Having trouble viewing RangerReview.com?

Try clearing your cache or contact us at:

406-377-3303 or rrcomp@rangerreview.com .

Sunday, February 18, 2018

City waits on bill signing before sidewalk project can begin

By Jason Stuart

Ranger-Review Staff Writer

The city of Glendive is gearing up to move forward with going out to bid for the sidewalk, curb and gutter program, but city officials are currently waiting on Gov. Steve Bullock to sign a bill into law before starting the process in earnest.

The sidewalk, curb and gutter program — in which local residents were asked to sign up to have work on those features abutting their property done with the cost assessed to their city tax bill and spread out over 10 years — ended up being far larger than the city had originally anticipated. Assistant Public Works Director Pete Leath told the city Streets Committee on Tuesday that the total cost of the project will likely fall somewhere between $400,000 to $600,000.

The issue for the city is that the estimated construction cost of the project means that the engineering costs would exceed the current threshold under Montana law at which local governments must go through the Request for Proposals (RFP) process when hiring an engineering firm. Under current law, local governments must go through the RFP process — similar to the bidding process for construction contractors — if the estimated engineering fees for the project will be more than $20,000.

The issue with that is the extra time the RFP process adds to any construction project. Mayor Jerry Jimison noted to the Streets Committee that ideally, the city would hope to avoid that to be certain that the sidewalks project gets completed this year.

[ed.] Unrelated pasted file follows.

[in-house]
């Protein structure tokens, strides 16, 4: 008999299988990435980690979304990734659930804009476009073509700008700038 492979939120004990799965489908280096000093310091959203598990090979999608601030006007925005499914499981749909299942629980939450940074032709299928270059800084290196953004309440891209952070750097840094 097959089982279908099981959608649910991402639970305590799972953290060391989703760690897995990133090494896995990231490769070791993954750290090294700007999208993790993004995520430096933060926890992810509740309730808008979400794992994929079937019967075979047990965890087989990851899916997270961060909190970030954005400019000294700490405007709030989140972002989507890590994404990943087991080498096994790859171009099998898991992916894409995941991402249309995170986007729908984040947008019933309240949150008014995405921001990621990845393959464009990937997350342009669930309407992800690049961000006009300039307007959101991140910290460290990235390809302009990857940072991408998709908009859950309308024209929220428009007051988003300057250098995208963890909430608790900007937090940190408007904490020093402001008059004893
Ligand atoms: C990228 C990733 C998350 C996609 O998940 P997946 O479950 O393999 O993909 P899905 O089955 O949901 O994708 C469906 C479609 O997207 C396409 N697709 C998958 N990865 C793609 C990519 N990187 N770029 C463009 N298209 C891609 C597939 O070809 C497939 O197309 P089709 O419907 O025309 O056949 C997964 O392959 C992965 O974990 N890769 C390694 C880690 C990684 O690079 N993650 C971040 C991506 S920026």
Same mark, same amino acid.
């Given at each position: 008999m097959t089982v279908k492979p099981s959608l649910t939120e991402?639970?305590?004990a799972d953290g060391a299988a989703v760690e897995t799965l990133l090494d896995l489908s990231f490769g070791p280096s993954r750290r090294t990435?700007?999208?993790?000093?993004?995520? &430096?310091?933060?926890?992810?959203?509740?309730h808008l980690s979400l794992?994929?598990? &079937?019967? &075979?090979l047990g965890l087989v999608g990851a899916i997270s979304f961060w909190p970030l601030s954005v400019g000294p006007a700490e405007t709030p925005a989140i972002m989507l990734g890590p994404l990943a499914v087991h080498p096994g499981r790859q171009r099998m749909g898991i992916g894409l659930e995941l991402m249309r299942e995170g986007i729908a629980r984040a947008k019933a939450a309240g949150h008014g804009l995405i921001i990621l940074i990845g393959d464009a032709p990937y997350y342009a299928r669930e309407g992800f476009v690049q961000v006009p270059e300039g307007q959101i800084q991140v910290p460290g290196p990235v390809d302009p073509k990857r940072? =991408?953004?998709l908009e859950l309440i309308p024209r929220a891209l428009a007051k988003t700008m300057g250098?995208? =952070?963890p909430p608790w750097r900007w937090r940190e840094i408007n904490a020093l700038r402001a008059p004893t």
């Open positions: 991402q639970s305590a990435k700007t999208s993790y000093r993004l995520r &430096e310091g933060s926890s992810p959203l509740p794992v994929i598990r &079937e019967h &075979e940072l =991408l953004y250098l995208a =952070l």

“(The RFP process) slows things down about two months, and we’re already in construction season,” Jimison said.

Councilman Rhett Coon added that the RFP process can actually take even longer, further adding his opinion that the current laws governing the process give engineering firms a somewhat unfair advantage in negotiating contract terms with local governments.

“That two to three month delay, that’s on a best case scenario, and you can’t talk price before the RFPs, so you’re kind of on the hook for whatever the engineer comes back with,” Coon said.

That RFP process will all change once the governor signs SB 278 into law. The bill, which was carried by local Sen. Steve Hinebauch at the behest of the city, increases the threshold at which local governments must go through the RFP process when hiring engineers from $20,000 to $50,000. 

City officials are confident the increase will give them the leeway to directly negotiate a contract for the sidewalk project with an engineering firm without having to go through the RFP process, Jimison noted.

The bill to increase the RFP threshold sailed through both houses of the Legislature with only two votes against it combined and should be landing on Bullock’s desk in the next few days.


Reach Jason Stuart at rrreporter@rangerreview.com.

Site Design, Programming & Development by Surf New Media
Comment Here